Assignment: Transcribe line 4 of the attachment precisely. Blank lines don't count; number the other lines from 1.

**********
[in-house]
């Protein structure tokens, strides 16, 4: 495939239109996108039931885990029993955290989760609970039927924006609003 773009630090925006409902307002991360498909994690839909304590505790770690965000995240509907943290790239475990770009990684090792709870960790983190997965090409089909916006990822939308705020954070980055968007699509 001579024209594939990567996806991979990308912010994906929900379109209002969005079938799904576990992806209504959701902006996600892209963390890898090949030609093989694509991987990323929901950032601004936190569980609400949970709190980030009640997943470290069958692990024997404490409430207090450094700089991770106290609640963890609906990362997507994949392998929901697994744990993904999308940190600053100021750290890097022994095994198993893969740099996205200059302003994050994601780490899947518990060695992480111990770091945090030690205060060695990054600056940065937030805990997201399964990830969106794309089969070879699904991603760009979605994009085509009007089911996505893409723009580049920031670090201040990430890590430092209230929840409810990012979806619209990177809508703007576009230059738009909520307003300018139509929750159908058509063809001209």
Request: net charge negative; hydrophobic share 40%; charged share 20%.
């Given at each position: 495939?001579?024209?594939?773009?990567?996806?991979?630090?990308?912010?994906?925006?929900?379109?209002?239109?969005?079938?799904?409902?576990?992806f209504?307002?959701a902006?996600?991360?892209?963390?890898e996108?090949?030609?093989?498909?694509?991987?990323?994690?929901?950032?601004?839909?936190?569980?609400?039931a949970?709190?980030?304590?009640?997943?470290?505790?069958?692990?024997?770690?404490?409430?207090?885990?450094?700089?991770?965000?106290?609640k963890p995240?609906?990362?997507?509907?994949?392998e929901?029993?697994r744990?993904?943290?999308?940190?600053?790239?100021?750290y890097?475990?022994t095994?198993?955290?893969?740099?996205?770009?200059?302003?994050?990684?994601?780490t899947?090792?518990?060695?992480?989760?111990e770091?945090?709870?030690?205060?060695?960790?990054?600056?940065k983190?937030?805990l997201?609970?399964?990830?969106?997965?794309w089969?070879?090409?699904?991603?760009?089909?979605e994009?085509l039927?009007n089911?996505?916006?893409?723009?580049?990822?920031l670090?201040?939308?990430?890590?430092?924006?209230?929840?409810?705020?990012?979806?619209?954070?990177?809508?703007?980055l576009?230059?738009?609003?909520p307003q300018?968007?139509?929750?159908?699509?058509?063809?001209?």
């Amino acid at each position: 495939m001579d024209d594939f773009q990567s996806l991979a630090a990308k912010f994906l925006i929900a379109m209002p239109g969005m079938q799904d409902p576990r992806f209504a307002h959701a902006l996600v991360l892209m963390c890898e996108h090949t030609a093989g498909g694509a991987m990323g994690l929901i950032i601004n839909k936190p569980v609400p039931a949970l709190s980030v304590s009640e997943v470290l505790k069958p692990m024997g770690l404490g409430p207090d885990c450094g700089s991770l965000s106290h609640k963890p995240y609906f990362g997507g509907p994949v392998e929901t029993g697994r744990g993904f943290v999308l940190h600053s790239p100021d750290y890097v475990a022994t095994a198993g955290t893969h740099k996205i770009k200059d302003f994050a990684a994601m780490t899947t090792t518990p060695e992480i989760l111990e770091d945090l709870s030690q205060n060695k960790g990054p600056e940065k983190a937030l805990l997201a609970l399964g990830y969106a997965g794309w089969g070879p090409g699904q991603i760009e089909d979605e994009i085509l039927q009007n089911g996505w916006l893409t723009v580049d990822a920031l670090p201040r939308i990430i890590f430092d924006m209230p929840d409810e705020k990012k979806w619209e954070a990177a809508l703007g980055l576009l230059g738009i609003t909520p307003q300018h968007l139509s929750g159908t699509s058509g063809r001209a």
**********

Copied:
């Given at each position: 495939?001579?024209?594939?773009?990567?996806?991979?630090?990308?912010?994906?925006?929900?379109?209002?239109?969005?079938?799904?409902?576990?992806f209504?307002?959701a902006?996600?991360?892209?963390?890898e996108?090949?030609?093989?498909?694509?991987?990323?994690?929901?950032?601004?839909?936190?569980?609400?039931a949970?709190?980030?304590?009640?997943?470290?505790?069958?692990?024997?770690?404490?409430?207090?885990?450094?700089?991770?965000?106290?609640k963890p995240?609906?990362?997507?509907?994949?392998e929901?029993?697994r744990?993904?943290?999308?940190?600053?790239?100021?750290y890097?475990?022994t095994?198993?955290?893969?740099?996205?770009?200059?302003?994050?990684?994601?780490t899947?090792?518990?060695?992480?989760?111990e770091?945090?709870?030690?205060?060695?960790?990054?600056?940065k983190?937030?805990l997201?609970?399964?990830?969106?997965?794309w089969?070879?090409?699904?991603?760009?089909?979605e994009?085509l039927?009007n089911?996505?916006?893409?723009?580049?990822?920031l670090?201040?939308?990430?890590?430092?924006?209230?929840?409810?705020?990012?979806?619209?954070?990177?809508?703007?980055l576009?230059?738009?609003?909520p307003q300018?968007?139509?929750?159908?699509?058509?063809?001209?």